There are 100 days to go until the deadline for online tax returns on 31 January 2022. Last year, 96% of customers completed their tax return online.
HM Revenue and Customs (HMRC) is reminding Self Assessment customers that on Sunday 24 October, they have one week left to submit paper tax returns and 100 days to go for online tax returns.
The Self Assessment tax return online deadline for the 2020 to 2021 tax year is 31 January 2022 - if customers complete their tax return online.
More than 10.7 million customers completed a tax return by 31 January 2021, of those 96% submitted it online. Completing it online is the quickest method and with around 100 days to go, customers have plenty of time to get it done.
Even if customers submit their completed tax return now, they do not have to pay any tax owed until 31 January 2022. Anyone who is worried about how to pay their bill can access support on GOV.UK. Various payment options include:
- paying through a customers’ tax code (PAYE customers only)
- Payment on Account
- setting up an online monthly payment plan (self-serve Time to Pay)
- pay by debit or corporate credit card
- pay at a bank or building society
Visit GOV.UK for a full list of payment options and the eligibility criteria. Customers should contact HMRC if they have concerns about paying their bill.
Cabinet Office updates how payment approaches can be taken into account in major Government contracts
PPN 08/21 will come into effect from 1st April 2022.
Government has published a new Public Policy Note to update and replace PPN 07/20, which will come into effect from 1st April 2022.
The new PPN 08/21 sets out how payment approaches can be taken into account in the procurement of major Government contracts above £5 million per annum. This is further to Government’s pledge to use its buying power to ensure contractors comply with the Prompt Payment Code; and that businesses have a healthy cash flow.
The key change to PPN 07/20 is that Government suppliers will have to demonstrate they pay 95% of their invoices within 60 days, which is an increase from the current 85%. Indeed, bidders must demonstrate that they meet the required standard in at least one of the two previous six month periods.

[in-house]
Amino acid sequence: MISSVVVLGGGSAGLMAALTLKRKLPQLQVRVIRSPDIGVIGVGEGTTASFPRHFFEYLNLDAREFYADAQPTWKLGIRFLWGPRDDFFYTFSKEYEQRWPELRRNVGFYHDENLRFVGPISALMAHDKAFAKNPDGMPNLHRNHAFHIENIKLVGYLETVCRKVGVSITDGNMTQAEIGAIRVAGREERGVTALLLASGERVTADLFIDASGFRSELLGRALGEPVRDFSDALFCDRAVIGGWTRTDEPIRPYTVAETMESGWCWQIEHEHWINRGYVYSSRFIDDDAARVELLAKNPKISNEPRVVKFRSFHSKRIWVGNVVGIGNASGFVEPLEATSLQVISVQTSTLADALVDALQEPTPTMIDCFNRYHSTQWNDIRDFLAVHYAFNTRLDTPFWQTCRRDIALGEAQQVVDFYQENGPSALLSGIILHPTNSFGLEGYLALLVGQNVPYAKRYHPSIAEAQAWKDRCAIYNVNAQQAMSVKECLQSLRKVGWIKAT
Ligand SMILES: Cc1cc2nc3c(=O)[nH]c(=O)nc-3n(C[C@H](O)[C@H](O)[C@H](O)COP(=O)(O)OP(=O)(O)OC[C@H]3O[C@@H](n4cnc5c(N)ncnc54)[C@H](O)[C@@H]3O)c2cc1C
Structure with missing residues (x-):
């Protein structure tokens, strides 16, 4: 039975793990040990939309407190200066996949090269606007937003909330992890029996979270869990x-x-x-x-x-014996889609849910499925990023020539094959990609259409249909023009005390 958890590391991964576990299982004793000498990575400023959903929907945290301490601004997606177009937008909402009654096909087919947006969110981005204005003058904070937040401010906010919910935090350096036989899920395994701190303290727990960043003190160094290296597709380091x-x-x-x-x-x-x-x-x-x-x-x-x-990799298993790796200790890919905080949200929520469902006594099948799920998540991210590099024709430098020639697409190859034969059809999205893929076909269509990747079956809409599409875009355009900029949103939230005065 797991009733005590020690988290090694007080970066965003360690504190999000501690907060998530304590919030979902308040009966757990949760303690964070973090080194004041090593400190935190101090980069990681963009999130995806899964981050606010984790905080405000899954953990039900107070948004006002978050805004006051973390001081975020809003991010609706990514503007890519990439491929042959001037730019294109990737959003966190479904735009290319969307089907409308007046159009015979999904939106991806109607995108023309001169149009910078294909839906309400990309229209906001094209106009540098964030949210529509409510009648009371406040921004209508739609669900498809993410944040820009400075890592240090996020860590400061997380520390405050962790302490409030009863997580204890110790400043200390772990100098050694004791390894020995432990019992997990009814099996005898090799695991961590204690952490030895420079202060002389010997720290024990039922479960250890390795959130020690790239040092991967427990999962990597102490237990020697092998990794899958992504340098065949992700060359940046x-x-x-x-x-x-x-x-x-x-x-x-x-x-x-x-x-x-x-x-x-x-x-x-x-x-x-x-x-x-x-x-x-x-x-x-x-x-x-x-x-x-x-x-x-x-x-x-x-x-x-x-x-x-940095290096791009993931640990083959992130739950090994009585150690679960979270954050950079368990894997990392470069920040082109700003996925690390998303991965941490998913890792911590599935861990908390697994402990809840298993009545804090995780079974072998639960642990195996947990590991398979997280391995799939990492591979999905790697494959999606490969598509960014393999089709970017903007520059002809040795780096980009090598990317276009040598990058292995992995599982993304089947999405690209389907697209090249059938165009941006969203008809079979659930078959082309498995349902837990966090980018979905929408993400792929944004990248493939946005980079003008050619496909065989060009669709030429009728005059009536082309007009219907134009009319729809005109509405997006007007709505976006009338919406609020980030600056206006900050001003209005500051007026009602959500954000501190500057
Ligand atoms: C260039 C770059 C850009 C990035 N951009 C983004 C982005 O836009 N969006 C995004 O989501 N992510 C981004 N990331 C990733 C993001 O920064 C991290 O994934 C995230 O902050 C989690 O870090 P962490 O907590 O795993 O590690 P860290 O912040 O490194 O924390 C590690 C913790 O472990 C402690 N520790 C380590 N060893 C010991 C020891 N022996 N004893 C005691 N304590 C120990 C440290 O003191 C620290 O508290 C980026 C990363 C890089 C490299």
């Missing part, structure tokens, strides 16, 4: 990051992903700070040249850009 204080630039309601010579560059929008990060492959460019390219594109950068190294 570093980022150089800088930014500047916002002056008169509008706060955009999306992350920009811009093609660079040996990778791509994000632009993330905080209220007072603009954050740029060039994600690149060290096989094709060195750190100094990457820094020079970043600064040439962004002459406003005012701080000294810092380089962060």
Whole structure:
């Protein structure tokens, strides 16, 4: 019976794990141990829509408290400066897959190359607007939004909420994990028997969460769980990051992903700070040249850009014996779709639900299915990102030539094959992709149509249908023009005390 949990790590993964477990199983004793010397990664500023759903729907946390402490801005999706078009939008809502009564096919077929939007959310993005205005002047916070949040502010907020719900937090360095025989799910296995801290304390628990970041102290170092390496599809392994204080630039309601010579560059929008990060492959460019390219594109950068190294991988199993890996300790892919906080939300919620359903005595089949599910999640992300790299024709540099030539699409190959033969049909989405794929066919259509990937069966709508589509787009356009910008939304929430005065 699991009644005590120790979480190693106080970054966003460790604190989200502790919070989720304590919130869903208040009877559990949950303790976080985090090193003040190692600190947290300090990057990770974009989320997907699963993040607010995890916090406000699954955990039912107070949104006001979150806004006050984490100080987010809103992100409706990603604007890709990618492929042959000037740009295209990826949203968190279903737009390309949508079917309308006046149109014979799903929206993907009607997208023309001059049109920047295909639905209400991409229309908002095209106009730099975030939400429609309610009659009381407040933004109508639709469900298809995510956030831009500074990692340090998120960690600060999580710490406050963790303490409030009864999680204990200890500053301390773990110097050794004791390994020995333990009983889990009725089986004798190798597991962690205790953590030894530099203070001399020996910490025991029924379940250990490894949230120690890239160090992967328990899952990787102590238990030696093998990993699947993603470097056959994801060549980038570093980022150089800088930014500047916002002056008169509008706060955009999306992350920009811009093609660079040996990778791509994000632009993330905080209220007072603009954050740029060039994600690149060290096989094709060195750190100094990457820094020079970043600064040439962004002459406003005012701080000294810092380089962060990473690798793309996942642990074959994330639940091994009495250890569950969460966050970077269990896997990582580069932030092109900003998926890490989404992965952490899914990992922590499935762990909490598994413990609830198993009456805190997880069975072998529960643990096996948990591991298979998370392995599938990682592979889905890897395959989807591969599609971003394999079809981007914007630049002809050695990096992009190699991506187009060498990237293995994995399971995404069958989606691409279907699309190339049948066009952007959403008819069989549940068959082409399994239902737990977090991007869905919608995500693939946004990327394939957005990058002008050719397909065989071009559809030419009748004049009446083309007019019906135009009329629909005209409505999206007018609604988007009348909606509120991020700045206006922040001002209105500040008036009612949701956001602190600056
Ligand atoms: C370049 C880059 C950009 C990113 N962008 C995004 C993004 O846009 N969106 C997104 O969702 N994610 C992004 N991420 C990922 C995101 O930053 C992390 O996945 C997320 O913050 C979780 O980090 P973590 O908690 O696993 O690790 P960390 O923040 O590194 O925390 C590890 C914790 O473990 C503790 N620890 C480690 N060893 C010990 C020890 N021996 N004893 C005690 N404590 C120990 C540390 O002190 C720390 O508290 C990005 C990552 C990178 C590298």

Those who do not meet the required standard, showing that they have effective payment systems in place to ensure the reliability of their supply chains, may be excluded from contracts worth more than £5m per annum.
Suppliers whose performance is between 90% and 95% will need to continue to submit action plans detailing how they will improve their performance to 95%.
The guidance published alongside PPN 08/21 has also reiterated how the Government expects supply chain finance to be treated when being assessed as part of a bid.
You can view the PPN, its supporting documents and the answers to Frequently Asked Questions here.
Clampdown on private landlords renting less energy-efficient homes
Families living in cold draughty rented properties in England and Wales can expect warmer homes thanks to a new campaign to help councils clamp down on landlords.
Over 40,000 families living in cold and draughty rented properties across 59 local authorities in England and Wales can expect warmer homes thanks to a new campaign to help councils clamp down on errant landlords.
Since April last year privately rented homes must meet a minimum energy performance rating of EPC Band E, making it illegal to rent out homes below that unless landlords have a limited exemption. Landlords caught failing to fulfil their obligations can be fined of up to £5,000 per property and per breach.
Badly insulated properties often leave those renting their homes struggling to keep warm and with higher energy bills. The rule change is expected to see energy efficiency upgrades such as loft insulation, double glazing and cavity wall insulation being installed by landlords in around 290,000 properties – with an estimated average bill saving of £180 a year for each home. This move forms part of the government’s actions to protect consumers, particularly those on lower incomes.
The £4.3 million of extra funding from the Department for Business Energy and Industrial Strategy (BEIS) to councils across the country is designed to support them make an extra 100,000 engagements with the most difficult to reach landlords with the worst performing properties.
The money will support innovative measures including local radio ads, roadshows and workshops with landlords to raise awareness of the rules, free property surveys, as well as enhanced and targeted mail reminders and translation services to reach those not currently complying. One council will even invest in a drone with thermal imaging capacity to help with on the ground inspections.
You can read more here.